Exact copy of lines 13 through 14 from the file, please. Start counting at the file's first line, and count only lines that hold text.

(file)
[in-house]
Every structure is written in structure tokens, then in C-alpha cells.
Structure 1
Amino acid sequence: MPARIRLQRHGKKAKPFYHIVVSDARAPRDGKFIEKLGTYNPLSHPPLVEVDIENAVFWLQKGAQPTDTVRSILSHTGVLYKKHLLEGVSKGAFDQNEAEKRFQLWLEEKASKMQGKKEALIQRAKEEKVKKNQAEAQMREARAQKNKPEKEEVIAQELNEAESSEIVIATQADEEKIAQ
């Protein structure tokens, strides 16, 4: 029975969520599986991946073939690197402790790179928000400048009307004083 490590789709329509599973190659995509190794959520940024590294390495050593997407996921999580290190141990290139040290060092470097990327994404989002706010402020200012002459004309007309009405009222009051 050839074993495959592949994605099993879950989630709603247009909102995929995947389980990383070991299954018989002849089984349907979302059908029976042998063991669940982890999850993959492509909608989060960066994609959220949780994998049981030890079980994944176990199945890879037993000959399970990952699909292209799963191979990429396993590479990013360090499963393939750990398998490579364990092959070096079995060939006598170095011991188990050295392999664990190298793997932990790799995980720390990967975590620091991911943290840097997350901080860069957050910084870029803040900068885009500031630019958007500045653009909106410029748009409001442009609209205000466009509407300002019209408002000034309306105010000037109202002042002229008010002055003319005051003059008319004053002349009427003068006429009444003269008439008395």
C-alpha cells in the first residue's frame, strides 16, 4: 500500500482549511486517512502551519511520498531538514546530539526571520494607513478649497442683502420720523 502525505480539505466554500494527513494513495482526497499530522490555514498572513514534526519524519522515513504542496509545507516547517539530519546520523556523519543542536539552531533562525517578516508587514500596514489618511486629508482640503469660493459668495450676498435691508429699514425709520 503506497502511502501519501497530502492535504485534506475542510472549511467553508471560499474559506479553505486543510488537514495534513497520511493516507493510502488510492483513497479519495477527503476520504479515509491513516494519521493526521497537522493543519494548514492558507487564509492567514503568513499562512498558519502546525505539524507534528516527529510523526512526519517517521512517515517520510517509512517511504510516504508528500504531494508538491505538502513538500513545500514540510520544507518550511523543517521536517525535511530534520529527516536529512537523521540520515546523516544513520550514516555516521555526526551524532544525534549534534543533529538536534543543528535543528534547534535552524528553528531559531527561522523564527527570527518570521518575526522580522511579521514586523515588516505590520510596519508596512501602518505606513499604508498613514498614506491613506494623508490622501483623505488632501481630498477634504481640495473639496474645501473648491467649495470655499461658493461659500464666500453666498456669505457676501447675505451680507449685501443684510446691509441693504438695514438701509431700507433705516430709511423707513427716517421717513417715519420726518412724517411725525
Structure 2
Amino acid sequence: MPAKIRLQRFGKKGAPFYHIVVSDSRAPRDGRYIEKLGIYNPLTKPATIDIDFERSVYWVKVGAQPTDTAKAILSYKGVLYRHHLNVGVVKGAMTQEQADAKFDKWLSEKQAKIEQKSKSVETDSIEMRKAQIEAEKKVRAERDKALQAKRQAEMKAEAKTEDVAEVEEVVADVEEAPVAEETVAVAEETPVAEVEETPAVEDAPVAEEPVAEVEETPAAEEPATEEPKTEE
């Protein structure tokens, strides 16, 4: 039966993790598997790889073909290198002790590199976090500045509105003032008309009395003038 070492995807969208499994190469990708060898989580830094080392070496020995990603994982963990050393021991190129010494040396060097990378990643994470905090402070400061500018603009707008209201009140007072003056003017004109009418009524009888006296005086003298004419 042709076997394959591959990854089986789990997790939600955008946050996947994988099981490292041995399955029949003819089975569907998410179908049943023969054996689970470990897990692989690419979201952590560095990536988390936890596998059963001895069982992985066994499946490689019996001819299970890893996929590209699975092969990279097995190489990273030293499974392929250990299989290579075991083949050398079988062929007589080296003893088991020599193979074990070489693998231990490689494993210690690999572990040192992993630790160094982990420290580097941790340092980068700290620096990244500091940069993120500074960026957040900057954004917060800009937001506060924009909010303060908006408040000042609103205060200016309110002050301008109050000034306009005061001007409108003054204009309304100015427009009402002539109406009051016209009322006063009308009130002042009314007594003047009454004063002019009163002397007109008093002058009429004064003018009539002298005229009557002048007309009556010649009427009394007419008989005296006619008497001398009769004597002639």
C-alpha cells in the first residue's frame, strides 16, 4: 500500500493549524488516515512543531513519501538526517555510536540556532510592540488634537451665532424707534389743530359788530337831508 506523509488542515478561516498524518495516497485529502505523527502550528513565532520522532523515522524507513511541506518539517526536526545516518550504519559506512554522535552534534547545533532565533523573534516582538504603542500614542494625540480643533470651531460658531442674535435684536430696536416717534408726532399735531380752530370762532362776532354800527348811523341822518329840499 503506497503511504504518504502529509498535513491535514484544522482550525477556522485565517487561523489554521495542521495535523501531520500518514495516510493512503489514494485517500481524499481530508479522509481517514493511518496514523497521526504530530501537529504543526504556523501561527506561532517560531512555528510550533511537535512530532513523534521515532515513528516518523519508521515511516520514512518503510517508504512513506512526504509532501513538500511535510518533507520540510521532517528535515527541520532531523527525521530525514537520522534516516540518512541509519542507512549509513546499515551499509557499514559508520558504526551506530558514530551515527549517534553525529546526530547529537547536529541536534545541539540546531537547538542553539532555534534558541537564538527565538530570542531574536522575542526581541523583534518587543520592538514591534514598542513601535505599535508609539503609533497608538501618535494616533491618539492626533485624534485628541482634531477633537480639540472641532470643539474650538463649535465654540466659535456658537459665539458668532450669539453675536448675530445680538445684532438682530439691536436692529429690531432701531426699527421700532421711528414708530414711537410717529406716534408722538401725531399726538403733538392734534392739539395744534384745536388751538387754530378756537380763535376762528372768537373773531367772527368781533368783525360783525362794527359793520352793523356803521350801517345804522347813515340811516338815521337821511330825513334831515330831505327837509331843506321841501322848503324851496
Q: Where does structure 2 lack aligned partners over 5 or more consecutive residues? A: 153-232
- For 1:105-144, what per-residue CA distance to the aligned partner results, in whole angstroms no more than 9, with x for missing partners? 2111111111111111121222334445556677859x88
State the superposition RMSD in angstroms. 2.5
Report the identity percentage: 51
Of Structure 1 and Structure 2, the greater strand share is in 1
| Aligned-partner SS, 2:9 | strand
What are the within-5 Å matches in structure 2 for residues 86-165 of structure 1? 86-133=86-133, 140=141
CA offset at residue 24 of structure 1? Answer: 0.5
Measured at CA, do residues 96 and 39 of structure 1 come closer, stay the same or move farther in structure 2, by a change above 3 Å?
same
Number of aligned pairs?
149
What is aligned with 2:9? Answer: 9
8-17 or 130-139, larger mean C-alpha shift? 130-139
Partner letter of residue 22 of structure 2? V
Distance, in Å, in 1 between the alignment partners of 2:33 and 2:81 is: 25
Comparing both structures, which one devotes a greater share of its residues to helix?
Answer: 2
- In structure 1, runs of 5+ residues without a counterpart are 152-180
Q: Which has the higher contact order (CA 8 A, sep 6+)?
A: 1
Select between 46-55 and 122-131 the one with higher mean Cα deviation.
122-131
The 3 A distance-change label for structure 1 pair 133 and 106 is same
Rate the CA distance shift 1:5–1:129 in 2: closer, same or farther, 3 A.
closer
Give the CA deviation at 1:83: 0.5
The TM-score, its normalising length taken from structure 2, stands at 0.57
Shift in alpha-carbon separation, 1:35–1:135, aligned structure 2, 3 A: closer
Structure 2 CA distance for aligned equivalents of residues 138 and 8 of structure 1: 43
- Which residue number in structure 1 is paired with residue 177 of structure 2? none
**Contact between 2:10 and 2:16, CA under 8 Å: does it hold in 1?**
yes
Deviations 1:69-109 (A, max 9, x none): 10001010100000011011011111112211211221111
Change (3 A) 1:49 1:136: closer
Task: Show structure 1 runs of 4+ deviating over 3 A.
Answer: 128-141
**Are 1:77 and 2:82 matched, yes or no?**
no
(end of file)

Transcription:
State the superposition RMSD in angstroms. 2.5
Report the identity percentage: 51